For November we thought it would be nice to delve into some classics again, this time picking three titles from the new Penguin Originals collection. This collection consists of the best and first titles that can be considered as Young Adult Fiction. And as the icing on the cake, all three books are part of a sale going on at Donner! So even if your favorite doesn’t win, you can still buy the others as well!
I Capture the Castle
“I write this sitting in the kitchen sink” is the memorable first line of this enchanting coming-of-age story, told in the form of Cassandra Mortmain’s journal. Cassandra wittily describes life growing up in a crumbling castle, with her father who suffers from crippling writer’s block, her glamorous but ineffectual step-mother and her vain but beloved sister Rose. When two visiting Americans arrive, all of their lives are turned upside down, and Cassandra experiences her first love.
This is a classic coming-of-age story, beloved of generations of teenage and adult readers, by Dodie Smith, who also
wrote The Hundred and One Dalmatians.
The Wave is based on a nightmarish true episode in a Californian high school, when a teacher wanted to demonstrate the dangers of propoganda and group-think. It is one of The Originals from Penguin – iconic, outspoken, first.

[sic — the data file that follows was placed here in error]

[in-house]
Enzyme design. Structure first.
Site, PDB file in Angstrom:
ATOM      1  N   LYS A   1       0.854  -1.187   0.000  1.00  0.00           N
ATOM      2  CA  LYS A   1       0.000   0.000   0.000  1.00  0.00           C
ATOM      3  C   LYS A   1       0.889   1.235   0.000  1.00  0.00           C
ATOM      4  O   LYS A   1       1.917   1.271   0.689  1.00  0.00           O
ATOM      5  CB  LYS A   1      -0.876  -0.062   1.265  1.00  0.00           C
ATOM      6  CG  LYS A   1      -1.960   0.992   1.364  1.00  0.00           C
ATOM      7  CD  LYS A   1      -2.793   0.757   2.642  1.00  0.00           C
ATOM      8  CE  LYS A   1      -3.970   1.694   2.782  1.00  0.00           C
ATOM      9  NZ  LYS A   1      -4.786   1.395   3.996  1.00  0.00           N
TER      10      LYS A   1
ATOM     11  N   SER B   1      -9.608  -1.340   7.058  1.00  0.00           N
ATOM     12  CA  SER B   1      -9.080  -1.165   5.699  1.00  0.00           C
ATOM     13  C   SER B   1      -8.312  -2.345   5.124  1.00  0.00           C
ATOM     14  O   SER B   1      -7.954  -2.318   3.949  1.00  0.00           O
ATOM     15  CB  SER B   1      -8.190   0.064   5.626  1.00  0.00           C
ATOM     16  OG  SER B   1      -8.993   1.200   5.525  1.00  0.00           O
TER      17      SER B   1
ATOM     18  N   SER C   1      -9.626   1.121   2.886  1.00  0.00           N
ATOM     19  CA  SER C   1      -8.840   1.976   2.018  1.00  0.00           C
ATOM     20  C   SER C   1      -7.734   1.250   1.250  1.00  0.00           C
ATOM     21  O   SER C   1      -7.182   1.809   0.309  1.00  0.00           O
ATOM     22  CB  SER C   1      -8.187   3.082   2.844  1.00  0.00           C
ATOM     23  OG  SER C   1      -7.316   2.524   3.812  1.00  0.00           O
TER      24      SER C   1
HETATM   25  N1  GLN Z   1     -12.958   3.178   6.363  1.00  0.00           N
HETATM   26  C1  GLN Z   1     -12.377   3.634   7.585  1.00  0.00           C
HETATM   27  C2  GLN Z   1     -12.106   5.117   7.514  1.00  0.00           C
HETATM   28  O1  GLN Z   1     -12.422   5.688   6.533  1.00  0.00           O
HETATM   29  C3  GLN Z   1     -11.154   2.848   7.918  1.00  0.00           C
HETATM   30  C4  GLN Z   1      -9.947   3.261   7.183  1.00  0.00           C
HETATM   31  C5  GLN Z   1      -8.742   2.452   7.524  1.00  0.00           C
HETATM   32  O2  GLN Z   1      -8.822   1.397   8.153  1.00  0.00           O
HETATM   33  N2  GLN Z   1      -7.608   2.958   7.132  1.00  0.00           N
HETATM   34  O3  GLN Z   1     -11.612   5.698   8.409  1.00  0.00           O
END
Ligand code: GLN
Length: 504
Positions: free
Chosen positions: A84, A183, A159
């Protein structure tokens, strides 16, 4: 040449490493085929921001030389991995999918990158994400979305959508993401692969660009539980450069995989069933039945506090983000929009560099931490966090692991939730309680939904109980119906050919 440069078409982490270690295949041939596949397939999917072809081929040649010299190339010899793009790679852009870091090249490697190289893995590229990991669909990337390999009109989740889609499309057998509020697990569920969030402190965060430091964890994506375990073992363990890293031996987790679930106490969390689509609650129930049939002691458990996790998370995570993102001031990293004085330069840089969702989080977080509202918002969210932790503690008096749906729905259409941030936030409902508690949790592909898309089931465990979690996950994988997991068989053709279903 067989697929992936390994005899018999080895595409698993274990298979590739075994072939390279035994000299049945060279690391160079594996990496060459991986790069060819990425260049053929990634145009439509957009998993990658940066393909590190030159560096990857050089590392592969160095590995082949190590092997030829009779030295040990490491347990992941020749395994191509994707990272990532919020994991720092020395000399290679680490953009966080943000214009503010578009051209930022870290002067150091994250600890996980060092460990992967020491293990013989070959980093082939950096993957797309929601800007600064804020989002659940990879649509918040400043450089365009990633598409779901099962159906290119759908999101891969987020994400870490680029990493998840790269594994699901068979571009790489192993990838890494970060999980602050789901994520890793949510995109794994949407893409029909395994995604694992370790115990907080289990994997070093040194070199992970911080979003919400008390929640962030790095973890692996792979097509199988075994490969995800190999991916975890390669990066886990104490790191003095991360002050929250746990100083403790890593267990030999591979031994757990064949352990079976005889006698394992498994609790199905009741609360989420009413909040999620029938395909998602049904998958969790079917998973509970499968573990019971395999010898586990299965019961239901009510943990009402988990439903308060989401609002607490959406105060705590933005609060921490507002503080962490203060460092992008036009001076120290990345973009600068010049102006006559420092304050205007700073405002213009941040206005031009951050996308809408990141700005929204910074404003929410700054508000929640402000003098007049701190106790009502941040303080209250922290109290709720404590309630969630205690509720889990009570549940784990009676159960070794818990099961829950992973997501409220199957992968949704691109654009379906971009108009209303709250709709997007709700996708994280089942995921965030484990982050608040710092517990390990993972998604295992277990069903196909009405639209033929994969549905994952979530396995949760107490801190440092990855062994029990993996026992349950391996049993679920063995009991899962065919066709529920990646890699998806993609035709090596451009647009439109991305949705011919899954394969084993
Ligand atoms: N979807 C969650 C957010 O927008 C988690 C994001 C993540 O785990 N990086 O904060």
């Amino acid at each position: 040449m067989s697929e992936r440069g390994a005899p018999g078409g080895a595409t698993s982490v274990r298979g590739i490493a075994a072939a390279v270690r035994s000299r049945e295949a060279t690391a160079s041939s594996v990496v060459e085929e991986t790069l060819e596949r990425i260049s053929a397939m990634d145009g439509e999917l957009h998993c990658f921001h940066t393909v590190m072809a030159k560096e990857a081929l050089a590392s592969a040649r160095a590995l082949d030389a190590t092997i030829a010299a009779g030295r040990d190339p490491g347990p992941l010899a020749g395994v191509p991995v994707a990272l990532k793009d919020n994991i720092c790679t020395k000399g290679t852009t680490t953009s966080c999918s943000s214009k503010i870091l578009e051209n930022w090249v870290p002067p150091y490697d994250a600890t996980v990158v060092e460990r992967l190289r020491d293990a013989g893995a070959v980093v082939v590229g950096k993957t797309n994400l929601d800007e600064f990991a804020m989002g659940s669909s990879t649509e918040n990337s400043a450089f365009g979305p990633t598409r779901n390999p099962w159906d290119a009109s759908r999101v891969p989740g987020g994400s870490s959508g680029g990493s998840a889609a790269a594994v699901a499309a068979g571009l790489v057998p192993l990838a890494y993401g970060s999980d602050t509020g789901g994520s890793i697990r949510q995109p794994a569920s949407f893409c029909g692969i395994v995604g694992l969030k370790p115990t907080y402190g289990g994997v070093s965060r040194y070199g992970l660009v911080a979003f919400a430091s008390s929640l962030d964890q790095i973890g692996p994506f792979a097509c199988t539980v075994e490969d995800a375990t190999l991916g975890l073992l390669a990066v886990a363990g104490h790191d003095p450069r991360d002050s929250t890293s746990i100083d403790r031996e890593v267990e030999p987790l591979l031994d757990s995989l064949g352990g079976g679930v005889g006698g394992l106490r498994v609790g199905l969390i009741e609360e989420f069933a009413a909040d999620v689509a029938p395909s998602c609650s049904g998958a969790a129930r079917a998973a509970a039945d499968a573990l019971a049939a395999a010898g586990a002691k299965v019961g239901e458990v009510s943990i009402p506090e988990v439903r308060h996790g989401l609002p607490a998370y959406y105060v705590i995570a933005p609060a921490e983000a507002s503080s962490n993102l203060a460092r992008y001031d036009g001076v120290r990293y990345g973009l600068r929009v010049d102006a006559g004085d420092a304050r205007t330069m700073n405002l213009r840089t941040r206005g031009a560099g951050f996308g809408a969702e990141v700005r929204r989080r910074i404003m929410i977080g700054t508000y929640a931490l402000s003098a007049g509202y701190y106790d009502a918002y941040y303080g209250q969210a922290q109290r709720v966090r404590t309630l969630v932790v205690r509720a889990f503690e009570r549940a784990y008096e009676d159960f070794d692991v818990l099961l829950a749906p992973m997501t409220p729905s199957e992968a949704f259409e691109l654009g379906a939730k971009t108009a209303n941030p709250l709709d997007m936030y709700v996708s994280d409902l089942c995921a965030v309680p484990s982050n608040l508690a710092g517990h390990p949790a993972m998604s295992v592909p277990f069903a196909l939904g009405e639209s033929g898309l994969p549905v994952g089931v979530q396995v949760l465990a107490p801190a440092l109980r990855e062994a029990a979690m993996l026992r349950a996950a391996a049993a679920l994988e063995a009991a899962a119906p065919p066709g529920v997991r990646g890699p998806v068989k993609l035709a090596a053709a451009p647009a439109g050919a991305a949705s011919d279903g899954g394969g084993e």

Laurie isn’t sure what to make of ‘The Wave’. It had begun as a simple history experiment to liven up their World War II studies and had become a craze that was taking over their lives. Laurie’s classmates are changing from normal teenagers into chanting, saluting fanatics. ‘The Wave’ is sweeping through the school – and it is out of control. Laurie’s friends scoff at her warnings but she knows she must make them see what they have become before it’s too late.
DEAR NOBODY by Berlie Doherty, winner of the Carnegie Medal, is the moving story of two teenagers and an unplanned pregnancy. It is one of The Originals from Penguin – iconic, outspoken, first.
This compelling story is beautifully told from two points of view, brilliantly evoking the feelings of both Helen, in a series of letters to the unborn baby, and of Chris as he reads the letters and relives the events of their relationship while Helen is in labour.
‘I have never read a book that evokes so vividly how it feels to be a teenager in love.’